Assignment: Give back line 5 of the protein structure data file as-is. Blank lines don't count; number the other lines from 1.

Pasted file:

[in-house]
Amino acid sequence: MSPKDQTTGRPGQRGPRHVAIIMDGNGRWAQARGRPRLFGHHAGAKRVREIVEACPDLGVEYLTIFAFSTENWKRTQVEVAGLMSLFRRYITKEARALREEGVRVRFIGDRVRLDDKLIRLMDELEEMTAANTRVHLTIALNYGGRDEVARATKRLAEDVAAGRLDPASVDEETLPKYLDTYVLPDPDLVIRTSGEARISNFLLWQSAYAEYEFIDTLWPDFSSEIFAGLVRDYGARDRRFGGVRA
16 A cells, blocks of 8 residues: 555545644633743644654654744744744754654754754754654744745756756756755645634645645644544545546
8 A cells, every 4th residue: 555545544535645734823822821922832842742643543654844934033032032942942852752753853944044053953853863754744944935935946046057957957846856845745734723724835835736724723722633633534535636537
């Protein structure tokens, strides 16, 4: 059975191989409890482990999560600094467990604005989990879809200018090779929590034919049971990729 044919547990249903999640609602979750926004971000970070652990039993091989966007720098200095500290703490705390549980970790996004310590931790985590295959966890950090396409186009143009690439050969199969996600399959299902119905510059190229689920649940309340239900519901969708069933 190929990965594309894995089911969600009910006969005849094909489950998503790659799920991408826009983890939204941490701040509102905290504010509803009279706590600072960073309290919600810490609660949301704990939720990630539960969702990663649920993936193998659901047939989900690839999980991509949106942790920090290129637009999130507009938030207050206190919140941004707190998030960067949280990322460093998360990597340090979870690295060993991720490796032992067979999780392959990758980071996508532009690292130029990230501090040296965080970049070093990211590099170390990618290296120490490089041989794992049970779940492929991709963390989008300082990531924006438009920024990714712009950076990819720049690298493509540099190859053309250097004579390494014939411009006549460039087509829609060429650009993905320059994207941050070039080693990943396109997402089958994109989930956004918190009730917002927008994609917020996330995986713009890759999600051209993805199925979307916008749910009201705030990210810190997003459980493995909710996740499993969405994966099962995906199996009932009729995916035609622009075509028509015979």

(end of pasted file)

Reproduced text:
């Protein structure tokens, strides 16, 4: 059975191989409890482990999560600094467990604005989990879809200018090779929590034919049971990729 044919547990249903999640609602979750926004971000970070652990039993091989966007720098200095500290703490705390549980970790996004310590931790985590295959966890950090396409186009143009690439050969199969996600399959299902119905510059190229689920649940309340239900519901969708069933 190929990965594309894995089911969600009910006969005849094909489950998503790659799920991408826009983890939204941490701040509102905290504010509803009279706590600072960073309290919600810490609660949301704990939720990630539960969702990663649920993936193998659901047939989900690839999980991509949106942790920090290129637009999130507009938030207050206190919140941004707190998030960067949280990322460093998360990597340090979870690295060993991720490796032992067979999780392959990758980071996508532009690292130029990230501090040296965080970049070093990211590099170390990618290296120490490089041989794992049970779940492929991709963390989008300082990531924006438009920024990714712009950076990819720049690298493509540099190859053309250097004579390494014939411009006549460039087509829609060429650009993905320059994207941050070039080693990943396109997402089958994109989930956004918190009730917002927008994609917020996330995986713009890759999600051209993805199925979307916008749910009201705030990210810190997003459980493995909710996740499993969405994966099962995906199996009932009729995916035609622009075509028509015979």